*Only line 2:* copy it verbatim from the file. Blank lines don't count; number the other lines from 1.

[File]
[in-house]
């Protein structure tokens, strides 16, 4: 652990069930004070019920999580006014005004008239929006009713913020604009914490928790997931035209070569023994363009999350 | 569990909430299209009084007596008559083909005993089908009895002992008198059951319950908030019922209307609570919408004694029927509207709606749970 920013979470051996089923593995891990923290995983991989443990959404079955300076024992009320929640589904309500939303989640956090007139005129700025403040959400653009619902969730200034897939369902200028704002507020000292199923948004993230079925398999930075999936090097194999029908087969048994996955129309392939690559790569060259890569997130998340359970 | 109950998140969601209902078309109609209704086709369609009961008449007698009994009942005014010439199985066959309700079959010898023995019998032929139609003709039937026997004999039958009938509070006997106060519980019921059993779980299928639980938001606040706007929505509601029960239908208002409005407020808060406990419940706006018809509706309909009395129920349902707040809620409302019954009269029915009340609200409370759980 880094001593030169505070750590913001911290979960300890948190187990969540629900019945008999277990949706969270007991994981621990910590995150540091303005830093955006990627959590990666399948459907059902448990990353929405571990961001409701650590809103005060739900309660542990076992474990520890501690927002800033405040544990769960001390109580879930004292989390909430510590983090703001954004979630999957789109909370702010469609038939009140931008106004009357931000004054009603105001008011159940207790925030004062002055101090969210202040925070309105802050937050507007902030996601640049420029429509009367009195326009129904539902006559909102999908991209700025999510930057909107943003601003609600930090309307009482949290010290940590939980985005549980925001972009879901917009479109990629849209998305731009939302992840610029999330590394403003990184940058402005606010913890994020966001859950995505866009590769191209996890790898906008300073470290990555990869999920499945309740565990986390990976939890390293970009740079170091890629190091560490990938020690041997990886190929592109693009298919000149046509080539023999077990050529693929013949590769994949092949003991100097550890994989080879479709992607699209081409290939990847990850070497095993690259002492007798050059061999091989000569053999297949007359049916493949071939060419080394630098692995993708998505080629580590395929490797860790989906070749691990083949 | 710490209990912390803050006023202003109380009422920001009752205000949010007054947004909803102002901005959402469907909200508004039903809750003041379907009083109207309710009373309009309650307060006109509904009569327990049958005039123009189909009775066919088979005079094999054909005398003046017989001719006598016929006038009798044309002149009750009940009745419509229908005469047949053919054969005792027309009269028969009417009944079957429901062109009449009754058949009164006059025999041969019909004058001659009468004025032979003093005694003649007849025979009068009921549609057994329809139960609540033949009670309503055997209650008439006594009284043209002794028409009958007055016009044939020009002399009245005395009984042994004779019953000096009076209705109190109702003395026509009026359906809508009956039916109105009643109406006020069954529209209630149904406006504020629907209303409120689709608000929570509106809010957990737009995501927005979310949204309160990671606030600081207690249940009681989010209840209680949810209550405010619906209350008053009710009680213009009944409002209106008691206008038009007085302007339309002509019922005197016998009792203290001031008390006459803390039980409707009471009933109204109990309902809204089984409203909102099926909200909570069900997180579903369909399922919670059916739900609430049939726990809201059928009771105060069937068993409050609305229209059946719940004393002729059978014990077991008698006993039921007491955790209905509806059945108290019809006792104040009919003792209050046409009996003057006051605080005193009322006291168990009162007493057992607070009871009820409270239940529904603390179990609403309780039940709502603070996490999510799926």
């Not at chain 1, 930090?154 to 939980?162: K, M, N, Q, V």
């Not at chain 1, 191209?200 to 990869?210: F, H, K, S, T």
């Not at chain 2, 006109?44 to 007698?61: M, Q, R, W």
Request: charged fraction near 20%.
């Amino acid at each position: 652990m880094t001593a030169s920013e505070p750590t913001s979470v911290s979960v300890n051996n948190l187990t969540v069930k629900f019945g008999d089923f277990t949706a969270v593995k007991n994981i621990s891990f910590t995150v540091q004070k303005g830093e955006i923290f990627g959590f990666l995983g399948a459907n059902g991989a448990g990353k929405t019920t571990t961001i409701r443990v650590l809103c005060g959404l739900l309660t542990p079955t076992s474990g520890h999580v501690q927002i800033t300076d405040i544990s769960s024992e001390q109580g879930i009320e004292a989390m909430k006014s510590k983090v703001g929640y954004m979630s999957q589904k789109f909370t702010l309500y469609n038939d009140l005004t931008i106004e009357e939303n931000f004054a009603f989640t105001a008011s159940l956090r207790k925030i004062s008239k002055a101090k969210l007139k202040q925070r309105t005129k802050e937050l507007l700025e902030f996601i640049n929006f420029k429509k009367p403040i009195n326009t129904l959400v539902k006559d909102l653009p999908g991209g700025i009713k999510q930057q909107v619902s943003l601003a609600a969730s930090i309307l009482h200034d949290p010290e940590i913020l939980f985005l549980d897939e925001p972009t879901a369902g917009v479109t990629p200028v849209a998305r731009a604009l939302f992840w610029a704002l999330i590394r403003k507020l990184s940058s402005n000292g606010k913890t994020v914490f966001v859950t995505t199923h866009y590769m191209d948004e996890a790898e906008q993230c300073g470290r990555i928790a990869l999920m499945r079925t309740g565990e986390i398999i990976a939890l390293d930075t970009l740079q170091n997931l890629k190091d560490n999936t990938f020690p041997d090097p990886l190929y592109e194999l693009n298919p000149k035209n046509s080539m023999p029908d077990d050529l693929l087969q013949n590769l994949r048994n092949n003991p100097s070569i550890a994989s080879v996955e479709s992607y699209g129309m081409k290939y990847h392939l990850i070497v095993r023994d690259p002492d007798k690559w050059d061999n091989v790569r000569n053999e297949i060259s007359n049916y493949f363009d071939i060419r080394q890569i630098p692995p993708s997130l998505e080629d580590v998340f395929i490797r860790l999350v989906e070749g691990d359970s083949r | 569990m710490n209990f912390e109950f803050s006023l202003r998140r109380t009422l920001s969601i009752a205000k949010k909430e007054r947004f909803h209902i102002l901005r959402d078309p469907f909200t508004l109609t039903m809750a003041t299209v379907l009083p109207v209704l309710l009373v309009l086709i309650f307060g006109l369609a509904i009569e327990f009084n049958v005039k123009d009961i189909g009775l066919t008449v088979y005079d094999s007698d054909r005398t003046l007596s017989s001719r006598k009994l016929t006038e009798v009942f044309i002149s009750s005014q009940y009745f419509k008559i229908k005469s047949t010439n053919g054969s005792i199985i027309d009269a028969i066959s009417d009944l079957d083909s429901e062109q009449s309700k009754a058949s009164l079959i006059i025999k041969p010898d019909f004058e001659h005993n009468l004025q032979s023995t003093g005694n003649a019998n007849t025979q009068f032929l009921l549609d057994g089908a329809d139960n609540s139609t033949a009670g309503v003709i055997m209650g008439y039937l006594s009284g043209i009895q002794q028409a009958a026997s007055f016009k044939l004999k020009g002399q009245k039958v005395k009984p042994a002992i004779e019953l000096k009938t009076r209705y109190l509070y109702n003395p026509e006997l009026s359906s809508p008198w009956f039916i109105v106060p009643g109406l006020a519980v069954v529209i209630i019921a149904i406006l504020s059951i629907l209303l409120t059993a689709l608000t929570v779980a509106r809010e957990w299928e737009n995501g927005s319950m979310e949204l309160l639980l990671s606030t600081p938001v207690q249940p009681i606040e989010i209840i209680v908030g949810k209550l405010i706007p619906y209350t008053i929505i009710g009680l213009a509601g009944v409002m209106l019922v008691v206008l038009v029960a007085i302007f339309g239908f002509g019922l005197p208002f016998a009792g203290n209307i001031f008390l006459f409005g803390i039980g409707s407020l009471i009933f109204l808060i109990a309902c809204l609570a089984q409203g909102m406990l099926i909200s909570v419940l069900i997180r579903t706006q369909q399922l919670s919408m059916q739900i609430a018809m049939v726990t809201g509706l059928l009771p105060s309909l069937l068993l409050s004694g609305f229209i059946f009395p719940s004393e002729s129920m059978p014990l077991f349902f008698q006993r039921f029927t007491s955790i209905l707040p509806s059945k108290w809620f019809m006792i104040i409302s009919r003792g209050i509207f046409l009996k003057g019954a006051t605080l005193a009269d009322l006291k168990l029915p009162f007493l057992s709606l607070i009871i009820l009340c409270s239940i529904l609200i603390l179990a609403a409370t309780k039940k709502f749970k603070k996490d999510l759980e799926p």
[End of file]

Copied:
């Protein structure tokens, strides 16, 4: 652990069930004070019920999580006014005004008239929006009713913020604009914490928790997931035209070569023994363009999350 | 569990909430299209009084007596008559083909005993089908009895002992008198059951319950908030019922209307609570919408004694029927509207709606749970 920013979470051996089923593995891990923290995983991989443990959404079955300076024992009320929640589904309500939303989640956090007139005129700025403040959400653009619902969730200034897939369902200028704002507020000292199923948004993230079925398999930075999936090097194999029908087969048994996955129309392939690559790569060259890569997130998340359970 | 109950998140969601209902078309109609209704086709369609009961008449007698009994009942005014010439199985066959309700079959010898023995019998032929139609003709039937026997004999039958009938509070006997106060519980019921059993779980299928639980938001606040706007929505509601029960239908208002409005407020808060406990419940706006018809509706309909009395129920349902707040809620409302019954009269029915009340609200409370759980 880094001593030169505070750590913001911290979960300890948190187990969540629900019945008999277990949706969270007991994981621990910590995150540091303005830093955006990627959590990666399948459907059902448990990353929405571990961001409701650590809103005060739900309660542990076992474990520890501690927002800033405040544990769960001390109580879930004292989390909430510590983090703001954004979630999957789109909370702010469609038939009140931008106004009357931000004054009603105001008011159940207790925030004062002055101090969210202040925070309105802050937050507007902030996601640049420029429509009367009195326009129904539902006559909102999908991209700025999510930057909107943003601003609600930090309307009482949290010290940590939980985005549980925001972009879901917009479109990629849209998305731009939302992840610029999330590394403003990184940058402005606010913890994020966001859950995505866009590769191209996890790898906008300073470290990555990869999920499945309740565990986390990976939890390293970009740079170091890629190091560490990938020690041997990886190929592109693009298919000149046509080539023999077990050529693929013949590769994949092949003991100097550890994989080879479709992607699209081409290939990847990850070497095993690259002492007798050059061999091989000569053999297949007359049916493949071939060419080394630098692995993708998505080629580590395929490797860790989906070749691990083949 | 710490209990912390803050006023202003109380009422920001009752205000949010007054947004909803102002901005959402469907909200508004039903809750003041379907009083109207309710009373309009309650307060006109509904009569327990049958005039123009189909009775066919088979005079094999054909005398003046017989001719006598016929006038009798044309002149009750009940009745419509229908005469047949053919054969005792027309009269028969009417009944079957429901062109009449009754058949009164006059025999041969019909004058001659009468004025032979003093005694003649007849025979009068009921549609057994329809139960609540033949009670309503055997209650008439006594009284043209002794028409009958007055016009044939020009002399009245005395009984042994004779019953000096009076209705109190109702003395026509009026359906809508009956039916109105009643109406006020069954529209209630149904406006504020629907209303409120689709608000929570509106809010957990737009995501927005979310949204309160990671606030600081207690249940009681989010209840209680949810209550405010619906209350008053009710009680213009009944409002209106008691206008038009007085302007339309002509019922005197016998009792203290001031008390006459803390039980409707009471009933109204109990309902809204089984409203909102099926909200909570069900997180579903369909399922919670059916739900609430049939726990809201059928009771105060069937068993409050609305229209059946719940004393002729059978014990077991008698006993039921007491955790209905509806059945108290019809006792104040009919003792209050046409009996003057006051605080005193009322006291168990009162007493057992607070009871009820409270239940529904603390179990609403309780039940709502603070996490999510799926």